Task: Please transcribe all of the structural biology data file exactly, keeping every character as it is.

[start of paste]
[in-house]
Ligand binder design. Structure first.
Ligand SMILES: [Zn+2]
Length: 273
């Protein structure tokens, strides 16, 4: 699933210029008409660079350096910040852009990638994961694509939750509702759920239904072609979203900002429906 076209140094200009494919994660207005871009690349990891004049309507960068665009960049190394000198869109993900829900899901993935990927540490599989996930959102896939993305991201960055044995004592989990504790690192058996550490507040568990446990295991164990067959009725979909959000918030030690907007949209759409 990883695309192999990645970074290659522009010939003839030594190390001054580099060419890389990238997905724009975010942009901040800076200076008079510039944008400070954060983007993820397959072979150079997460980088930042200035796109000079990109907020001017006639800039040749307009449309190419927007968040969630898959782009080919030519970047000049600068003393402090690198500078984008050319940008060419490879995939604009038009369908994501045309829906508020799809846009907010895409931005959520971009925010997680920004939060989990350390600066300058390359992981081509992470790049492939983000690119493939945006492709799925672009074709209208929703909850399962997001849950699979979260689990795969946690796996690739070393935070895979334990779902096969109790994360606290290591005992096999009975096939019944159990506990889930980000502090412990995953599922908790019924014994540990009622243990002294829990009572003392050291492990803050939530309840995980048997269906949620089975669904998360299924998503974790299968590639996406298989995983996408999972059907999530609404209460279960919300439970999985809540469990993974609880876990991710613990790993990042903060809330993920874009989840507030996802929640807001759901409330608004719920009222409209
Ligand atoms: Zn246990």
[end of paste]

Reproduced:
[in-house]
Ligand binder design. Structure first.
Ligand SMILES: [Zn+2]
Length: 273
């Protein structure tokens, strides 16, 4: 699933210029008409660079350096910040852009990638994961694509939750509702759920239904072609979203900002429906 076209140094200009494919994660207005871009690349990891004049309507960068665009960049190394000198869109993900829900899901993935990927540490599989996930959102896939993305991201960055044995004592989990504790690192058996550490507040568990446990295991164990067959009725979909959000918030030690907007949209759409 990883695309192999990645970074290659522009010939003839030594190390001054580099060419890389990238997905724009975010942009901040800076200076008079510039944008400070954060983007993820397959072979150079997460980088930042200035796109000079990109907020001017006639800039040749307009449309190419927007968040969630898959782009080919030519970047000049600068003393402090690198500078984008050319940008060419490879995939604009038009369908994501045309829906508020799809846009907010895409931005959520971009925010997680920004939060989990350390600066300058390359992981081509992470790049492939983000690119493939945006492709799925672009074709209208929703909850399962997001849950699979979260689990795969946690796996690739070393935070895979334990779902096969109790994360606290290591005992096999009975096939019944159990506990889930980000502090412990995953599922908790019924014994540990009622243990002294829990009572003392050291492990803050939530309840995980048997269906949620089975669904998360299924998503974790299968590639996406298989995983996408999972059907999530609404209460279960919300439970999985809540469990993974609880876990991710613990790993990042903060809330993920874009989840507030996802929640807001759901409330608004719920009222409209
Ligand atoms: Zn246990």